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Drifters Volume 6

From Dark Horse Comics comes DRIFTERS Volume 6 TPB, a manga written and drawn by the legendary Kohta Hirano, (Hellsing). It is translated by, Matthew Johnson and the lettering and retouch was handled by Studio Cutie. This is the 6th iteration in a long-running manga about a war that transcends time between the Drifters and the Ends. The Drifters are the “good guys” in this world as they aim to protect those who live within it, whereas the Ends seek total annihilation.

Dialogue in DRIFTERS Vol. 6 fits the manga really well. It feels authentic to the anime and keeps up with the energy that each character has. The story is a bit farfetched as it does have characters from various times in history meshed together to duel in a massive battle that’s being “controlled” by 2 outside entities.

Some of the main characters in DRIFTERS Vol. 6 are Nobunaga Oda, Yoichi, Toyohisa, and Hannibal who are all members of the Drifters. As for the Ends, the main member is the entity known as “The Black King.” Aside from them, we have Easy, who’s in control of Ends and Murasaki, who’s in control of Drifters. There are other characters that join in such as Olminu from the faction The Octoberists, who are psychic beings. There is also the “Wild Bunch Gang” who are similar to mercenaries.

The plot of DRIFTERS Vol. 6 has the main characters, Nobunaga, Yoichi, and Toyohisa, form a team to defeat the Black King and save the world that they’re in.  The simplicity of the plot works really well, as you can really just go anywhere you’d like and if it’s done correctly like it is in this volume. For example, the story can be very serious and then switch to a more comedic aspect and still be able to follow without issue.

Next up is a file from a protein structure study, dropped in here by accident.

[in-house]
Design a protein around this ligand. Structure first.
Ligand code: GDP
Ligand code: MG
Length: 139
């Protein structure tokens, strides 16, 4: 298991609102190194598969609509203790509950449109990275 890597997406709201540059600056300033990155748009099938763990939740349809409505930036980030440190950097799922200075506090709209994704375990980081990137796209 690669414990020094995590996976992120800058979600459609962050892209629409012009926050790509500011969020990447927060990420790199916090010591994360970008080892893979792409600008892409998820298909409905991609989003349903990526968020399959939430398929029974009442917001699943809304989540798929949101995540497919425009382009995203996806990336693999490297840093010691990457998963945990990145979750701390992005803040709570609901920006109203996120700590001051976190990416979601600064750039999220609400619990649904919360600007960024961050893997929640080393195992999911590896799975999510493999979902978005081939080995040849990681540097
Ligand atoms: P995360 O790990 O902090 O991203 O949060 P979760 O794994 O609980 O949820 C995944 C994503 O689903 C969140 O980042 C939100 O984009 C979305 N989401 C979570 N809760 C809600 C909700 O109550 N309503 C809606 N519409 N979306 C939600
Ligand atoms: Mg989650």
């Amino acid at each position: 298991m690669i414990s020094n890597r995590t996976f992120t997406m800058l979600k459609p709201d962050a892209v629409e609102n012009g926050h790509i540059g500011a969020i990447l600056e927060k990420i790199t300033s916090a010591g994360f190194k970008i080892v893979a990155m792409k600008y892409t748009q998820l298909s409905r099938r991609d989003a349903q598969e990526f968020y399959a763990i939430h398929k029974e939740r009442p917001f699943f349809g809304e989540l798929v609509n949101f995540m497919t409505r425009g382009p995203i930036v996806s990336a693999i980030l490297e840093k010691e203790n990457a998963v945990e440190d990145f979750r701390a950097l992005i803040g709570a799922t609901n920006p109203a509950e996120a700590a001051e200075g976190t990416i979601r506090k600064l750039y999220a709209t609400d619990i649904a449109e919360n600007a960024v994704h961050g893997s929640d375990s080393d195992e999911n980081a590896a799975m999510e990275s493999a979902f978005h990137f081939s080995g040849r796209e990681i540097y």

The pacing of the volume is quite smooth. It doesn’t feel like they tried to cram everything into one “Act”. Each act, which in this volume were Acts 60-71, has its main focus on what’s going on in the war. As a watcher of the anime of the same name, I’m able to follow fairly easily what’s going on in the story. However, if you’re new to the series, this isn’t the place where you’d want to jump in, especially since there’s a lot of information omitted from the acts. If you want to get into this series, I would highly recommend either watching the anime or reading the previous volumes to be able to follow along with what’s going on.

One theme that is touched in DRIFTERS Vol. 6 is mortality. The “Drifters” themselves are humans, whereas the Black King is a demonic amalgamation that can create swaths of monsters to fight for it and doesn’t seem to have any understanding of death. There are even other humans that fight for him that can also die in battle.

The artwork in DRIFTERS Vol. 6 is handled by Kohta Hirano. It’s full of strong details and bold lines and a lot of deep saturation. There’s a lot of shadowing in this manga, which helps keep many things dramatic and suspenseful. Though there isn’t much coloring in the manga aside from the covers shown, those are vibrant and richly saturated.

The lettering was handled by Studio Cutie. It took a bit to follow how to read DRIFTERS Vol. 6, as I was reading it top to bottom initially when it is supposed to read from bottom to top. Once I figured that out, I was able to enjoy reading the manga. The pages didn’t feel cluttered at all and it flowed quite nicely.

Overall, DRIFTERS Vol. 6 was a blast to read, especially as a fan of the series since I discovered the anime back in 2016. I can’t wait to read the next volume and see what happened next. I would highly recommend this manga to anyone who’s a fan of the series, as it keeps the action, drama, and comedy intact. I went from yelling in frustration to laughing as I went through the pages. If you’re a fan of high fantasy, action, comedy, and warfare, then I would say pick this up, along with the previous volumes.

If you’d like to pick up a copy of any of the DRIFTERS manga to get caught up, click here to order them.



I would highly recommend this manga to anyone who’s a fan of the series, as it keeps the action, drama, and comedy intact.

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